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Rep. Kim Speaks at Human Trafficking Task Force

Placentia, CA – This week, U.S. Representative Young Kim (CA-39) held the first CA-39 Human Trafficking Congressional Task Force meeting in her Placentia office to hear from local law enforcement and nonprofit groups on the front lines of preventing and addressing human trafficking in our Southern California communities.  

Rep. Kim announced the Task Force last month to bring stakeholders together to identify problems, find policy solutions and inform Rep. Kim’s work in Congress.  

Read more about the first meeting in the Orange County Register.  

The Orange County Register 

Congressional task force on human trafficking launches in Southern California 

By Brooke Staggs 

March 22, 2022 

Educate students, starting in middle school, about how to avoid becoming victims of human trafficking. 

Change federal law so traffickers can’t dodge a long prison sentence by claiming they didn’t know their victim was a child. 

Give money and shelter to teens aging out of foster care so they won’t continue to be top targets for human trafficking. 

Those ideas are just part of a wish list from a panel of 10 experts who gathered March 21 in Placentia for the inaugural meeting of the Human Trafficking Congressional Task Force. 

Rep. Young Kim, R-La Habra, launched the federal task force to hear directly from Orange County law enforcement who are on the front lines of prosecuting human traffickers, and leaders of Southern California nonprofits who work to prevent trafficking and to support survivors.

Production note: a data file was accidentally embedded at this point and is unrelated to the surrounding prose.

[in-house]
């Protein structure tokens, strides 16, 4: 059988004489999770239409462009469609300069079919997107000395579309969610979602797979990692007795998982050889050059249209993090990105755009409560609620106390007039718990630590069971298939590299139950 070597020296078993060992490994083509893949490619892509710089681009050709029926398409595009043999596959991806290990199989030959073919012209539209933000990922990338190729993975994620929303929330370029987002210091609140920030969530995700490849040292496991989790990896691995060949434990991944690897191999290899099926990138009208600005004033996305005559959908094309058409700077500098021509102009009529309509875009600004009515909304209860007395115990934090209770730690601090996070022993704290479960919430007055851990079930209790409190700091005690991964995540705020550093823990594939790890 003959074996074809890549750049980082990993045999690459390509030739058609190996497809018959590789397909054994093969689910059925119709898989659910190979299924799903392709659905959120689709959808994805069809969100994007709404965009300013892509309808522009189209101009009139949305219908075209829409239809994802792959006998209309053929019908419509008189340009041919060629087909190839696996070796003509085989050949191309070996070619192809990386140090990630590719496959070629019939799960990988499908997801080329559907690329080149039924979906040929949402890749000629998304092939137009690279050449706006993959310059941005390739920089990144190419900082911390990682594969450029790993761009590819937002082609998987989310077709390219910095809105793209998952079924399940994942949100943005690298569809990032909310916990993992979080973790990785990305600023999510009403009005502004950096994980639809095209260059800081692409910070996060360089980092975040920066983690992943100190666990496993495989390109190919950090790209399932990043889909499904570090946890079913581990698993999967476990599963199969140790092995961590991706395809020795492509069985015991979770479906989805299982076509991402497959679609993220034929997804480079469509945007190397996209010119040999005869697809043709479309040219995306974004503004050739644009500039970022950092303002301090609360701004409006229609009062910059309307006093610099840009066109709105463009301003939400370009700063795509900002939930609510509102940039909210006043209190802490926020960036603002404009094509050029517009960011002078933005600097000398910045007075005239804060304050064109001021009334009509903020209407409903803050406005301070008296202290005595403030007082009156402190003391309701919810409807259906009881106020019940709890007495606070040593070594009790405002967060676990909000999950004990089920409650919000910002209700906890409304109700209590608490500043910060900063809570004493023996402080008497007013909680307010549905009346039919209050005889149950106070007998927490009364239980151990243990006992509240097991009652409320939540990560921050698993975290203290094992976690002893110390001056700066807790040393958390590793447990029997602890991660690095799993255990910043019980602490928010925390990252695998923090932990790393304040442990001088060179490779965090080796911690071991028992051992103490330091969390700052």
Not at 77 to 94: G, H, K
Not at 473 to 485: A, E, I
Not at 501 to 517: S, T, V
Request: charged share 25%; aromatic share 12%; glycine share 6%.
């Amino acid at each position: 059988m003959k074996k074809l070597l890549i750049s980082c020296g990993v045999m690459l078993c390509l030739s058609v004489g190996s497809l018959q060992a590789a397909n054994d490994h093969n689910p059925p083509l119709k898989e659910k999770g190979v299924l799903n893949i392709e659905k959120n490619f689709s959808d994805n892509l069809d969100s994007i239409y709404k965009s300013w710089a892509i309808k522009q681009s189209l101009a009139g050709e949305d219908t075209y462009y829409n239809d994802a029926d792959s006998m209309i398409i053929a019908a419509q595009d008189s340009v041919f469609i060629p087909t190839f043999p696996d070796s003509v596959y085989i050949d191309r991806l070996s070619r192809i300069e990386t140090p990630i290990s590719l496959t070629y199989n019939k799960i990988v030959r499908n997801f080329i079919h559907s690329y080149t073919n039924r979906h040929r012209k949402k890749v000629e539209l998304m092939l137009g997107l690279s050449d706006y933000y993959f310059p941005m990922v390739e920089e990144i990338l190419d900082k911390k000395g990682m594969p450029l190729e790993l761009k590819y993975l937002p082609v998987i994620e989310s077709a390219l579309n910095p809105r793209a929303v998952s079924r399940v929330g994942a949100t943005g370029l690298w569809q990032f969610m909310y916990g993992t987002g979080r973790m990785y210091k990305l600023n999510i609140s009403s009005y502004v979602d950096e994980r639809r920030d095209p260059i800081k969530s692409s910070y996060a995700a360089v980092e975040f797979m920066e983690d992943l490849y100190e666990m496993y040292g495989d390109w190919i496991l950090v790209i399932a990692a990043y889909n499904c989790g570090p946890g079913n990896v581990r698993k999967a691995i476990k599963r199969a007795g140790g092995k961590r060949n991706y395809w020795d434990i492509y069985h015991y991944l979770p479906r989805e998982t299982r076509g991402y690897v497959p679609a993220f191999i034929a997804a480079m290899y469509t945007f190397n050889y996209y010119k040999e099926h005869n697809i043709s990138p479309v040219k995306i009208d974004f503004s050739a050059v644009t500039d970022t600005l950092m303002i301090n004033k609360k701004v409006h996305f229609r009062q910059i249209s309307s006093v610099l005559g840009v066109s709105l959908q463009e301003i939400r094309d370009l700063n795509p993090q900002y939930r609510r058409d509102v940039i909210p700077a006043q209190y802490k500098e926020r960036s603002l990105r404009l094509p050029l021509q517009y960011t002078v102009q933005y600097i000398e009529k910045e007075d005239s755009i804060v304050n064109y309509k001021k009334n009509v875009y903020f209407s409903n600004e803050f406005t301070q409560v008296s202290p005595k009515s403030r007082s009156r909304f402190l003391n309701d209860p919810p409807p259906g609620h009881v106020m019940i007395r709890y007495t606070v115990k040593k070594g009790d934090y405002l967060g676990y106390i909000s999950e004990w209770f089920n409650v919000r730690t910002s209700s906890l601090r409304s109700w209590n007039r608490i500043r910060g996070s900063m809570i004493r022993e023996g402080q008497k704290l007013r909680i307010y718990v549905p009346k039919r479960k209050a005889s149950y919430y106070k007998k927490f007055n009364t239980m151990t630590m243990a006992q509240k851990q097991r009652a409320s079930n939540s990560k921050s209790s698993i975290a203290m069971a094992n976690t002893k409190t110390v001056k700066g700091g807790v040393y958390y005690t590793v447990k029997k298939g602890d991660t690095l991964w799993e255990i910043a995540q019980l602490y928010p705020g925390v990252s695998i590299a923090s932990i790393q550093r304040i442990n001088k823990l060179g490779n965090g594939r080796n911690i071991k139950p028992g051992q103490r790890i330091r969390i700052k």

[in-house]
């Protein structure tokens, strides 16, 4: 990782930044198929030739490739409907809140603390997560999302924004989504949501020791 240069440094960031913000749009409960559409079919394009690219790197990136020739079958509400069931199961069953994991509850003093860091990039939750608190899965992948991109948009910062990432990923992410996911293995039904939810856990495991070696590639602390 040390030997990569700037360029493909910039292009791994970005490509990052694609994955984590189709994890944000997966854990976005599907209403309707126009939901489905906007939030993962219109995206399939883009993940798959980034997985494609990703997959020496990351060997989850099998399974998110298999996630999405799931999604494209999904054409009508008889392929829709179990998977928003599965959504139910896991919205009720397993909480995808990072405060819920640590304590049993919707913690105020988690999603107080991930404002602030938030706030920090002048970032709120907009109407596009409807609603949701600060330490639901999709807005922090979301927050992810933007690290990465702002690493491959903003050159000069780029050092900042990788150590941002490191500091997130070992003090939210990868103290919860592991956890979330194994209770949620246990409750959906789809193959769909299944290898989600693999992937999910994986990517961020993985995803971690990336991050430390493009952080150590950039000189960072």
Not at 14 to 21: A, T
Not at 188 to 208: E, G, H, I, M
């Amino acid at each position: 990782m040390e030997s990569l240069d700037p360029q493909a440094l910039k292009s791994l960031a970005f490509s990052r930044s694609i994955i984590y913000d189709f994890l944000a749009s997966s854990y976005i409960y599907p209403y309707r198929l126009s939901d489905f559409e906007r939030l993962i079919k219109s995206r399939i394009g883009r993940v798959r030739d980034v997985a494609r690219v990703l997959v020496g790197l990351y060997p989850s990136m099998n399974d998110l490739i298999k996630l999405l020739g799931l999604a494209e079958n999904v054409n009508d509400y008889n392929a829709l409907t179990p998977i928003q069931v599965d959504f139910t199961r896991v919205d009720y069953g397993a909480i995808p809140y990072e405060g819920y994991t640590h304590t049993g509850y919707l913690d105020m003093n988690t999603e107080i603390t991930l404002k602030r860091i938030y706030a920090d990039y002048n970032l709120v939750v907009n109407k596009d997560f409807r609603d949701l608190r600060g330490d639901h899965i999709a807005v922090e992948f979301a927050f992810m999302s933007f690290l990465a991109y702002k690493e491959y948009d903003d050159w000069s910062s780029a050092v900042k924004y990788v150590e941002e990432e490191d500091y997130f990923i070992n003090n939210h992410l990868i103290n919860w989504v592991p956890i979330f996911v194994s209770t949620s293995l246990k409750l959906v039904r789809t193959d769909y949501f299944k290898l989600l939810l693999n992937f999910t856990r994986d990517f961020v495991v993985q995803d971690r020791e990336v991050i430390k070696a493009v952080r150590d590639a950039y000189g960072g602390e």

“Many people think that this is just something that doesn’t apply to me,” Kim said. “(But) modern day slavery is something that happens in our backyard, too. It happens in Fullerton, it happens in Santa Ana, it happens at the border, it happens everywhere.” 

And, Kim added, the pandemic has only meant “increased risks and reduced prevention efforts” related to human trafficking. 

Monday’s roundtable offered a snapshot of what human trafficking looks like locally, what work already is being done to fight it, and where more help is needed. 

Kim said she hopes these conversations, which will happen at least once a quarter, might inform legislation she can introduce and federal funding requests she can make to help tackle the problem across the nation. 

“They already know what they are doing,” Kim said of the experts who spoke during Monday’s task force meeting. “So I just want to be helpful by being supportive of the existing programs and enhancing their work.” 


Read the full article HERE.  

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